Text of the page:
(vår sounds like "war" pronounced in a Swedish accent, and is the Swedish word for the season of spring. These puns were used by IKEA in advertisements, and is the same in Norwegian.)

"Can you shoot the window? There is a drag in here"

(skjuta means both "shoot" and "push (close the...)", and drag means "draft".)

An English couple are travelling by train in Skåne (southern Sweden). At one stop, two local farm boys board the train and take their seats in the same compartment. One is tall, blond, and striking, while the other one is short and plain. The Englishwoman admires the tall youth for a moment, then remarks to her husband:
"What a handsome face!"
The short boy blushes and answers:
"Näeij, frun, det var jag."

("What a handsome face" sounds like the Swedish phrase "Var det han som fes?", i.e. "Was it he who farted?"—especially if pronounced with the Scanian dialect of Swedish. The boy's answer means: "No, ma'am, it was I.")

A popular Swedish-German bilingual pun is "Es ist Unser in der Luft. Bald kommen die Löwen und die Bären." ("It is 'ours' in the air. Soon the lions and the bears will come.") The joke is that Swedish "vår" could mean either "ours" or "spring", and Löwen and Bären resemble "löv" (leaves) and "bär" (berries).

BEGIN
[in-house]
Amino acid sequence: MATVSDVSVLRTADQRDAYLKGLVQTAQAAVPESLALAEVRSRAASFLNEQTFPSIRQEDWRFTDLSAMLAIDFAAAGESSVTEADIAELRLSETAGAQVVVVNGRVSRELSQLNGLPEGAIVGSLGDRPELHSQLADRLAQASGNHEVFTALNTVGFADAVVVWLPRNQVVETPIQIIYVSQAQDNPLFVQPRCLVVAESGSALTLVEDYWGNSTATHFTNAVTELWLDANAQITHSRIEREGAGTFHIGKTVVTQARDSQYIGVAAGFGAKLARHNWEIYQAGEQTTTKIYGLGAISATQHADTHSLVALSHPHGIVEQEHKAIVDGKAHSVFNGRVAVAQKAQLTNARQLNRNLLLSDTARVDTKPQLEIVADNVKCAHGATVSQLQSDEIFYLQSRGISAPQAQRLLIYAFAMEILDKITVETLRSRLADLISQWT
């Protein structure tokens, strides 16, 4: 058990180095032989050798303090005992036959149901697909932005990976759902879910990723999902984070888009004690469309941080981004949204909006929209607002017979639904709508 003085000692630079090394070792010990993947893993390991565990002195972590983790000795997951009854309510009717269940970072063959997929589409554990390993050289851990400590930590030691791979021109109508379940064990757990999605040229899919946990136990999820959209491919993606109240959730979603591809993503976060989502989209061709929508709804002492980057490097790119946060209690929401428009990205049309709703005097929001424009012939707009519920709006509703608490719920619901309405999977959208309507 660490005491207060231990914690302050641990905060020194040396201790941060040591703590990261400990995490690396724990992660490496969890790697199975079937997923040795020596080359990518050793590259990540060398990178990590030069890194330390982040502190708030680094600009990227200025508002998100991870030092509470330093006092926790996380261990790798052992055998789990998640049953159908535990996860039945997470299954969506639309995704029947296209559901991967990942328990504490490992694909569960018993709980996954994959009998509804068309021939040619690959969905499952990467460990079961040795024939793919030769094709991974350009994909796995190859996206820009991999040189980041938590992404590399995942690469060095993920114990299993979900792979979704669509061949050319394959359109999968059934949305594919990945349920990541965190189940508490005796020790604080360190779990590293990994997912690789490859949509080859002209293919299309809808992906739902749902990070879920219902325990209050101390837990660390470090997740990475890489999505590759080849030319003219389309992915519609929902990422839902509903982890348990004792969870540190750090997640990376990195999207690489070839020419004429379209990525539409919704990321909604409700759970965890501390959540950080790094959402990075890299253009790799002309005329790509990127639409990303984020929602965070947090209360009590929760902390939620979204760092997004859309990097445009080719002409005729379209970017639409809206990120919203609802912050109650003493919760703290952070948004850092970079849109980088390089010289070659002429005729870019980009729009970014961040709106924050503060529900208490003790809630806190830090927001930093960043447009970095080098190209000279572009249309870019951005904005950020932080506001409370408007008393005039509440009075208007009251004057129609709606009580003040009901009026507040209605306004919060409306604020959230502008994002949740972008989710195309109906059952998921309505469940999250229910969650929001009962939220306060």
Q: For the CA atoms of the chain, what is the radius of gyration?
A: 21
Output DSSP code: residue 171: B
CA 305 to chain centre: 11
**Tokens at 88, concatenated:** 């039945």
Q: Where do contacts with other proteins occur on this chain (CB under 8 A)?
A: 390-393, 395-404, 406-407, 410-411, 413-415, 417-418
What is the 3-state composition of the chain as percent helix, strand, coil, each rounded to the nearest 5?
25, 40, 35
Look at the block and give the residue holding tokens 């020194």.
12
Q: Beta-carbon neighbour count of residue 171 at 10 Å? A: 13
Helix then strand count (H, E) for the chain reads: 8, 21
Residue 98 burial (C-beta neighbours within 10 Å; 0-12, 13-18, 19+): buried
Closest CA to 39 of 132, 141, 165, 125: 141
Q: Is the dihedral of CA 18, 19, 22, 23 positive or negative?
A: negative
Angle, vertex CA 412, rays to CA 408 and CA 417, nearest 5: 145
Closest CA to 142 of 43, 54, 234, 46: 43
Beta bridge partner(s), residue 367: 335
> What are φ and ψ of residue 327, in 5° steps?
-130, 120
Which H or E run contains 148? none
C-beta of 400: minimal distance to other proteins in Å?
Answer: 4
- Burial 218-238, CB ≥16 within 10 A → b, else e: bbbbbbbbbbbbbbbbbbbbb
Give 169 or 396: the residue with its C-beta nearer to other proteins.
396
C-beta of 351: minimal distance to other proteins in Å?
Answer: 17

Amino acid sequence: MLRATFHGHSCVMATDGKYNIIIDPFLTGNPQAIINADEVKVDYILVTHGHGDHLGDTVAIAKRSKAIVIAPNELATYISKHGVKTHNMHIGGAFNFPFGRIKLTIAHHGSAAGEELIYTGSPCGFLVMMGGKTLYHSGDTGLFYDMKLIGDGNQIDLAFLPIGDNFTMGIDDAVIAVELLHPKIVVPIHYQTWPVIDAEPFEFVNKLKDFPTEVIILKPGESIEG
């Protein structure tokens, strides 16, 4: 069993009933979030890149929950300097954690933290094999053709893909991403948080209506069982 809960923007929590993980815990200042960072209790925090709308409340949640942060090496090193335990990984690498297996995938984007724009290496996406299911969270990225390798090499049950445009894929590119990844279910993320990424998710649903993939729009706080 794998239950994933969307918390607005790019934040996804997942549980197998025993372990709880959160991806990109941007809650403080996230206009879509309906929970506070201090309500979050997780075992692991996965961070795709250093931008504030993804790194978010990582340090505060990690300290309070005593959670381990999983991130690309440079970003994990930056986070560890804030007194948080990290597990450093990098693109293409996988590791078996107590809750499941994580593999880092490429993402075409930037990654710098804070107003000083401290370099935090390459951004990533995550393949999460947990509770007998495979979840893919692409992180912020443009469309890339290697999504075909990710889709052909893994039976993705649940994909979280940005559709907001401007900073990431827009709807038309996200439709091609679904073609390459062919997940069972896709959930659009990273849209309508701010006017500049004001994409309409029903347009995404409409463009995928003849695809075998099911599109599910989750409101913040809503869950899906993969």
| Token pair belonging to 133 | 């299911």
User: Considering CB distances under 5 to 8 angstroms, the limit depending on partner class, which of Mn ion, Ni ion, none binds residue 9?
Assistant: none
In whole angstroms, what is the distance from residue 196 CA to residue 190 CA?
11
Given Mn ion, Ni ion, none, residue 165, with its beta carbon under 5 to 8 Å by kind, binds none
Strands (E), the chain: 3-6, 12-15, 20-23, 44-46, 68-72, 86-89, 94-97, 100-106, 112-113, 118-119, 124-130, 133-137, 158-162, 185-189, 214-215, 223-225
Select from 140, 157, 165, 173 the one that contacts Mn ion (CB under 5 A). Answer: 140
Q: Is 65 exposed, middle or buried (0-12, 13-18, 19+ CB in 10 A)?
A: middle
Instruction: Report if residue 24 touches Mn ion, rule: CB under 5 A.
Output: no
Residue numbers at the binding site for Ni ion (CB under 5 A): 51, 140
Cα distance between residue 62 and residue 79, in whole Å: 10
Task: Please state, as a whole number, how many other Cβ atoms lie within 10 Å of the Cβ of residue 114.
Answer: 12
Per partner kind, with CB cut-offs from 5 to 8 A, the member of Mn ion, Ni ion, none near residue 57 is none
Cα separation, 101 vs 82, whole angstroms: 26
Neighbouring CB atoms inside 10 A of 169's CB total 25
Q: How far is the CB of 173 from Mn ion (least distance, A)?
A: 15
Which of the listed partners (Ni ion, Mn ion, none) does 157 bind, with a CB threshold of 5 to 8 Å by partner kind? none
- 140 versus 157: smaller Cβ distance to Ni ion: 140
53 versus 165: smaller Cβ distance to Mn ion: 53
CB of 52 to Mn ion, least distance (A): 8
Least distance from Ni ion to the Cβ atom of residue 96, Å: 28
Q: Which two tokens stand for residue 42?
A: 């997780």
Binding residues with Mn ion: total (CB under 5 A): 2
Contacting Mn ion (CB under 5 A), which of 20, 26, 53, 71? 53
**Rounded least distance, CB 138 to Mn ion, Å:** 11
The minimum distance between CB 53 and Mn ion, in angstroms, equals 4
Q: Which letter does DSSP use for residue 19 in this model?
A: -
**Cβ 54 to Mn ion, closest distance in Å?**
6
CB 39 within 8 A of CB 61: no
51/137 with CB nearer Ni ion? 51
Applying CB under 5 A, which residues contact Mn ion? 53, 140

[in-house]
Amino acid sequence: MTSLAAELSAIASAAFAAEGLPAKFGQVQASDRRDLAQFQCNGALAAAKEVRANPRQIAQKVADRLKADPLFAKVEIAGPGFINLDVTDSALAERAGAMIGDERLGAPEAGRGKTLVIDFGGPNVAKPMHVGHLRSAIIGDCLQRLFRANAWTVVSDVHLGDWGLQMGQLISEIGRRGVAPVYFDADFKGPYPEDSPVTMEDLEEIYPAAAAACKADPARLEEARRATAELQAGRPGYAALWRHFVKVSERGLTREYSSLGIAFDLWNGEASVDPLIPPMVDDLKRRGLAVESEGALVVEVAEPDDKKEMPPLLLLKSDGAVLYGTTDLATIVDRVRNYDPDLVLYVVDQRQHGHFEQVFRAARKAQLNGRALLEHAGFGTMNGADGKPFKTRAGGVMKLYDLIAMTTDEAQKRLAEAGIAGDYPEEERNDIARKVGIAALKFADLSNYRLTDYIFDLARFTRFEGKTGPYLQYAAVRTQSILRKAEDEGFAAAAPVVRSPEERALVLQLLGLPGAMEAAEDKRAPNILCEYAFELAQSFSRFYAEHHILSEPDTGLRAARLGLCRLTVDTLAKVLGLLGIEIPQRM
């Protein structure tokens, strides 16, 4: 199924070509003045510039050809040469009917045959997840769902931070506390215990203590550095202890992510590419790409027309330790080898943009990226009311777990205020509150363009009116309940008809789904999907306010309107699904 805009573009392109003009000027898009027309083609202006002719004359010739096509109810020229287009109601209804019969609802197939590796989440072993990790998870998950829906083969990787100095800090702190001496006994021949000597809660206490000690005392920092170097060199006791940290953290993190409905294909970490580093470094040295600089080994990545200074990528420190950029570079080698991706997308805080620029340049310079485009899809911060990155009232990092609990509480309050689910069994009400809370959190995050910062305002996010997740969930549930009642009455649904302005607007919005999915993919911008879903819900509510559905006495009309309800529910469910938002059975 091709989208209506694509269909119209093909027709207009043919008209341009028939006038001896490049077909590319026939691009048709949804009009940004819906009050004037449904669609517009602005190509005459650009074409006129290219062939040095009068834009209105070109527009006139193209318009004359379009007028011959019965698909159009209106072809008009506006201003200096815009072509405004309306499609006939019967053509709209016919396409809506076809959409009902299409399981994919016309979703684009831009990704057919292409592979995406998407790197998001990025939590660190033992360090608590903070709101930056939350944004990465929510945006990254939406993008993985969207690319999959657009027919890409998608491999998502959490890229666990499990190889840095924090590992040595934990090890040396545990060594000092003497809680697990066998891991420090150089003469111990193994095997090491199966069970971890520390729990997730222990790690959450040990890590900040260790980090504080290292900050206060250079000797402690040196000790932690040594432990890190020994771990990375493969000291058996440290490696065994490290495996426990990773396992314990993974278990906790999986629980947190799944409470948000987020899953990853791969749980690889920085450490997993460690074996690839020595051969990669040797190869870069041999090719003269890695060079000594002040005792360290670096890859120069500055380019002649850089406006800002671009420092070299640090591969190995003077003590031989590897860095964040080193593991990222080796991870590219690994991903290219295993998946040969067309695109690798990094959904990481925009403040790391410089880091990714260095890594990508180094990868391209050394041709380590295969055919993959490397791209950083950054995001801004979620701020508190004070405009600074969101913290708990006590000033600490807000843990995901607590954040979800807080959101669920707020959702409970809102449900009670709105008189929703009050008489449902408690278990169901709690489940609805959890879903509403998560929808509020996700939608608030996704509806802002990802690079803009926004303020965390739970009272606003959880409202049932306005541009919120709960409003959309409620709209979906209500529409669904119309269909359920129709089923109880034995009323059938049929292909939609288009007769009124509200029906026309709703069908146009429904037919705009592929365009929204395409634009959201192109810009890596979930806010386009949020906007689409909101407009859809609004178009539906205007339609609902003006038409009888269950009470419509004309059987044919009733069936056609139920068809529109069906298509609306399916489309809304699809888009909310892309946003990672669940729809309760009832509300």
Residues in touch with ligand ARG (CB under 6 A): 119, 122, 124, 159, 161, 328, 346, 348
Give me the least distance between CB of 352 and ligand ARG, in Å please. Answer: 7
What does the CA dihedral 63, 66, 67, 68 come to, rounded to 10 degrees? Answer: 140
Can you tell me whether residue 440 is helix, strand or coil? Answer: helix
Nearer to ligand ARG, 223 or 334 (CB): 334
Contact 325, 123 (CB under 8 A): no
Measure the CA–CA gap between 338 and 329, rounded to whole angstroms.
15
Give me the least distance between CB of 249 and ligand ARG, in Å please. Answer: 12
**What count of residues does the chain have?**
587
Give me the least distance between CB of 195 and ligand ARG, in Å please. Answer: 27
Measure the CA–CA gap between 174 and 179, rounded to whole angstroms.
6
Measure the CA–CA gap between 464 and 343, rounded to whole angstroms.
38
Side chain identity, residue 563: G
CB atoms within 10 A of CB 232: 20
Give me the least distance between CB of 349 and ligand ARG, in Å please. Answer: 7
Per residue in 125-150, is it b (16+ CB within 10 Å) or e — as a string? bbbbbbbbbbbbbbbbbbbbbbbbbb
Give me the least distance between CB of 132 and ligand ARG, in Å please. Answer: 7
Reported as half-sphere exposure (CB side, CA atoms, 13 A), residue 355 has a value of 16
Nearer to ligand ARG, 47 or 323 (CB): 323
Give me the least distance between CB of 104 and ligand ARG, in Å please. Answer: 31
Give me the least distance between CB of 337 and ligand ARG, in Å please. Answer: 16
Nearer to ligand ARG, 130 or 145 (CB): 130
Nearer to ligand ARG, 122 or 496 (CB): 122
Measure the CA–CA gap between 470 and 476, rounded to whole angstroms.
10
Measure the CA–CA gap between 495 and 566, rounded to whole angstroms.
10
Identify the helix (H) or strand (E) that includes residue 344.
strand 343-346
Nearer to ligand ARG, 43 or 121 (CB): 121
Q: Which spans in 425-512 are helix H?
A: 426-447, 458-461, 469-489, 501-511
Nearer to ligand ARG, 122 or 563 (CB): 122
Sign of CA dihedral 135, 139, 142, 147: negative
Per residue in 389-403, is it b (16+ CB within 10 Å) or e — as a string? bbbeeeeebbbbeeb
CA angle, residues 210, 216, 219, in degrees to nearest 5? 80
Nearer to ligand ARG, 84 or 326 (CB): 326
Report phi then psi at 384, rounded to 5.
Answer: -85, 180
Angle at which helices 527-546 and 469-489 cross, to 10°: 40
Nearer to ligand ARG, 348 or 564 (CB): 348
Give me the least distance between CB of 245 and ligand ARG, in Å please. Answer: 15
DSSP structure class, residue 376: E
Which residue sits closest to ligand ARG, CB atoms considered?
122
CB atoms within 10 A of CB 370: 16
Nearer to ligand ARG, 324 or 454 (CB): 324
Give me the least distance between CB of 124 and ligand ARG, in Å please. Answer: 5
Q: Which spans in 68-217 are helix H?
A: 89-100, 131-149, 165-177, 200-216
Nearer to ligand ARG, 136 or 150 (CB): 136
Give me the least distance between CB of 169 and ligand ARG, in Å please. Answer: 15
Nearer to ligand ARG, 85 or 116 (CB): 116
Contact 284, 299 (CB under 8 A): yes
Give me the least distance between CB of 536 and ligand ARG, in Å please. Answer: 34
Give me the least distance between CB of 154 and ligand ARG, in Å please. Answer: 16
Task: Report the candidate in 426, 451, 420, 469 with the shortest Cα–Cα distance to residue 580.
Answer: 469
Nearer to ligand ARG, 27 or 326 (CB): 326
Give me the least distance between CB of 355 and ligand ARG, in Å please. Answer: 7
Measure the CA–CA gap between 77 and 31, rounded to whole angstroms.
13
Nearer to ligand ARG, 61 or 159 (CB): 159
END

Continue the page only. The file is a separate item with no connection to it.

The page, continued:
The Swedish word for "exhausted," "finished," or "the end" is "slut," and many Swedish films end with this word. This is naturally a source of mirth for English-speaking film buffs. On the "slut"-theme the word "Slutstation" should be mentioned. It refers to "the end of the line"..

Tagalog

Q: Why didn't the man walk across the puddle of water?
A: Because it was too big. ("Tubig" is "water" in Tagalog.)
Someone was drowning in a swimming pool, so he screamed for help. The lifeguard on-duty quickly grabbed a rope and threw it to him. Unfortunately, the rope didn't help because it wasn't too long. ("Tulong" is "help" in Tagalog.)
At 1:00 PM, I took some ice cream out of the freezer, but then I forgot about it. That was one hour ago, and I just realized that it's 2 now. ("Tunaw" is "melted" in Tagalog.)
Q: Do you know any languages that are spoken in India?
A: Hindi ("Hindi" is Tagalog for "No". Hindi is also a language in India.)
Q: Why can't you eat salt on Sunday?
A: Because it would be a sin. ("Asin" is "salt" in Tagalog.)


See also




Unless indicated otherwise, the text in this article is either based on Wikipedia article "Bilingual pun" or another language Wikipedia page thereof used under the terms of the GNU Free Documentation License; or on original research by Jahsonic and friends. See Art and Popular Culture's copyright notice.